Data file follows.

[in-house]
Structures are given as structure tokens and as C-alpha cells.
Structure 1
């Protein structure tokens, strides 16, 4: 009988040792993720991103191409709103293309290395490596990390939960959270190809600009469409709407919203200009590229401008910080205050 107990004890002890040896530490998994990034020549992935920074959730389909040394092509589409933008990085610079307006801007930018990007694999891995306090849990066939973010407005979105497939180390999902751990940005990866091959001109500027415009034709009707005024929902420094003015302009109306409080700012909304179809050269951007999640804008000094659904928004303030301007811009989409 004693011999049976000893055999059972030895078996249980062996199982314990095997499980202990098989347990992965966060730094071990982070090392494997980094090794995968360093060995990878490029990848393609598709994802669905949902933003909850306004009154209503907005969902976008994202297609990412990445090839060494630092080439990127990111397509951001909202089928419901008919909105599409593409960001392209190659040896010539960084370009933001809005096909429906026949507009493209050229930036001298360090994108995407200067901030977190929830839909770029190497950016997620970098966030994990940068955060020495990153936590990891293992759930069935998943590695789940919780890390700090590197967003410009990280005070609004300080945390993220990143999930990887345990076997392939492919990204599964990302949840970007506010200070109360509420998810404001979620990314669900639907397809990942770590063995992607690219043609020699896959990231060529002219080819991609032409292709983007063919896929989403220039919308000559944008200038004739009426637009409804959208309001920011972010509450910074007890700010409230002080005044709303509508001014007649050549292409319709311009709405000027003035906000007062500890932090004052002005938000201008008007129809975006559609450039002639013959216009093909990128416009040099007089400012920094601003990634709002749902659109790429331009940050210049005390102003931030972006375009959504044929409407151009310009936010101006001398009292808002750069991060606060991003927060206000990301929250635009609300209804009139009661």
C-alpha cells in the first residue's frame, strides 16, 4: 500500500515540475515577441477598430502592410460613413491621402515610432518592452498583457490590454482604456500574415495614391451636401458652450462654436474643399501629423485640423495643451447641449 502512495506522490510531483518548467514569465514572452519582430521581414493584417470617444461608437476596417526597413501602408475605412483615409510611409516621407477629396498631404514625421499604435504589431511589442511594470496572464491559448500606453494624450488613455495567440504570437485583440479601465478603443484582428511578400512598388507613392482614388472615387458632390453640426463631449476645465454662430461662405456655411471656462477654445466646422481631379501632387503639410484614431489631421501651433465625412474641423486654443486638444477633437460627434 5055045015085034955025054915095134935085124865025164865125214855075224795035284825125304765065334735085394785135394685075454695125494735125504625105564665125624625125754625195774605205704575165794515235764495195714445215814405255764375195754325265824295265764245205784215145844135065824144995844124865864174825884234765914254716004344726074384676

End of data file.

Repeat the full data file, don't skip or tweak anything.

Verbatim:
[in-house]
Structures are given as structure tokens and as C-alpha cells.
Structure 1
């Protein structure tokens, strides 16, 4: 009988040792993720991103191409709103293309290395490596990390939960959270190809600009469409709407919203200009590229401008910080205050 107990004890002890040896530490998994990034020549992935920074959730389909040394092509589409933008990085610079307006801007930018990007694999891995306090849990066939973010407005979105497939180390999902751990940005990866091959001109500027415009034709009707005024929902420094003015302009109306409080700012909304179809050269951007999640804008000094659904928004303030301007811009989409 004693011999049976000893055999059972030895078996249980062996199982314990095997499980202990098989347990992965966060730094071990982070090392494997980094090794995968360093060995990878490029990848393609598709994802669905949902933003909850306004009154209503907005969902976008994202297609990412990445090839060494630092080439990127990111397509951001909202089928419901008919909105599409593409960001392209190659040896010539960084370009933001809005096909429906026949507009493209050229930036001298360090994108995407200067901030977190929830839909770029190497950016997620970098966030994990940068955060020495990153936590990891293992759930069935998943590695789940919780890390700090590197967003410009990280005070609004300080945390993220990143999930990887345990076997392939492919990204599964990302949840970007506010200070109360509420998810404001979620990314669900639907397809990942770590063995992607690219043609020699896959990231060529002219080819991609032409292709983007063919896929989403220039919308000559944008200038004739009426637009409804959208309001920011972010509450910074007890700010409230002080005044709303509508001014007649050549292409319709311009709405000027003035906000007062500890932090004052002005938000201008008007129809975006559609450039002639013959216009093909990128416009040099007089400012920094601003990634709002749902659109790429331009940050210049005390102003931030972006375009959504044929409407151009310009936010101006001398009292808002750069991060606060991003927060206000990301929250635009609300209804009139009661």
C-alpha cells in the first residue's frame, strides 16, 4: 500500500515540475515577441477598430502592410460613413491621402515610432518592452498583457490590454482604456500574415495614391451636401458652450462654436474643399501629423485640423495643451447641449 502512495506522490510531483518548467514569465514572452519582430521581414493584417470617444461608437476596417526597413501602408475605412483615409510611409516621407477629396498631404514625421499604435504589431511589442511594470496572464491559448500606453494624450488613455495567440504570437485583440479601465478603443484582428511578400512598388507613392482614388472615387458632390453640426463631449476645465454662430461662405456655411471656462477654445466646422481631379501632387503639410484614431489631421501651433465625412474641423486654443486638444477633437460627434 5055045015085034955025054915095134935085124865025164865125214855075224795035284825125304765065334735085394785135394685075454695125494735125504625105564665125624625125754625195774605205704575165794515235764495195714445215814405255764375195754325265824295265764245205784215145844135065824144995844124865864174825884234765914254716004344726074384676